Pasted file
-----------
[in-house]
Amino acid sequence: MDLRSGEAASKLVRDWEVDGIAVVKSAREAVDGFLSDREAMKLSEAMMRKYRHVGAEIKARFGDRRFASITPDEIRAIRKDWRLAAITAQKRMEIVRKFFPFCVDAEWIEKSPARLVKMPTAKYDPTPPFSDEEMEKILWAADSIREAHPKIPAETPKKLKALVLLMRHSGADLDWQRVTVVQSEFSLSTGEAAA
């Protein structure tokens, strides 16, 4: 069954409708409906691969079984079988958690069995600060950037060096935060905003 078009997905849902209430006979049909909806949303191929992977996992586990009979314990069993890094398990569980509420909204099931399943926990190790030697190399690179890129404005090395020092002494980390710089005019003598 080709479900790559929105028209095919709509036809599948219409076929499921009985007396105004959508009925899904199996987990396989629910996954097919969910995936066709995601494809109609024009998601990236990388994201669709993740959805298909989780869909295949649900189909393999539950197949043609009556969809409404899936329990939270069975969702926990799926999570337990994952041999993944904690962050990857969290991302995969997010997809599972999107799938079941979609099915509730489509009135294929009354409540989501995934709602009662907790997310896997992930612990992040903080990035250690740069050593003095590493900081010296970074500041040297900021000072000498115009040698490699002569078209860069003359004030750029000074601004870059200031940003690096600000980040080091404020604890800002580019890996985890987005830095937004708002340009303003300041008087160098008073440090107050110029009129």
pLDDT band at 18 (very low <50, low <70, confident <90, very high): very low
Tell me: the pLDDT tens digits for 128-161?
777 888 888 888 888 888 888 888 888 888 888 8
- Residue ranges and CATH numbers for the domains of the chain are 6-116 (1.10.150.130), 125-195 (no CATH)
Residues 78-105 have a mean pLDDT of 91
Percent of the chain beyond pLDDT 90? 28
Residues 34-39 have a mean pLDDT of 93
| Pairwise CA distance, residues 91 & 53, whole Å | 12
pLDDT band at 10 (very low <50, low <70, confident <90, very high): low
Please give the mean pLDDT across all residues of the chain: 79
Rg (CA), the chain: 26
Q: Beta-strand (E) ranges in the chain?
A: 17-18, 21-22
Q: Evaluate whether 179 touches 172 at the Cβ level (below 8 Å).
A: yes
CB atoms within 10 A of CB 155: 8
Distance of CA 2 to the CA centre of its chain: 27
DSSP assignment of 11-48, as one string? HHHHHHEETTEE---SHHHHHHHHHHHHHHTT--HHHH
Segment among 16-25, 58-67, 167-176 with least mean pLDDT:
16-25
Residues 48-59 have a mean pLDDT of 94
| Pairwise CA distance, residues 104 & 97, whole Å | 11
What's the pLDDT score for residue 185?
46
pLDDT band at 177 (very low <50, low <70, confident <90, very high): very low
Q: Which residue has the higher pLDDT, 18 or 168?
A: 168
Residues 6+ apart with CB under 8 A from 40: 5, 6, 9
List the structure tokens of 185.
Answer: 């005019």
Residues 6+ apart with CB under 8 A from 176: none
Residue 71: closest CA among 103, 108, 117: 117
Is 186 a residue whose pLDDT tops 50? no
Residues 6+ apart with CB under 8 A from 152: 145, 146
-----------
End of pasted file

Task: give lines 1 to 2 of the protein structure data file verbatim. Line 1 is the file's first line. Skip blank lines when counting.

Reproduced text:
[in-house]
Amino acid sequence: MDLRSGEAASKLVRDWEVDGIAVVKSAREAVDGFLSDREAMKLSEAMMRKYRHVGAEIKARFGDRRFASITPDEIRAIRKDWRLAAITAQKRMEIVRKFFPFCVDAEWIEKSPARLVKMPTAKYDPTPPFSDEEMEKILWAADSIREAHPKIPAETPKKLKALVLLMRHSGADLDWQRVTVVQSEFSLSTGEAAA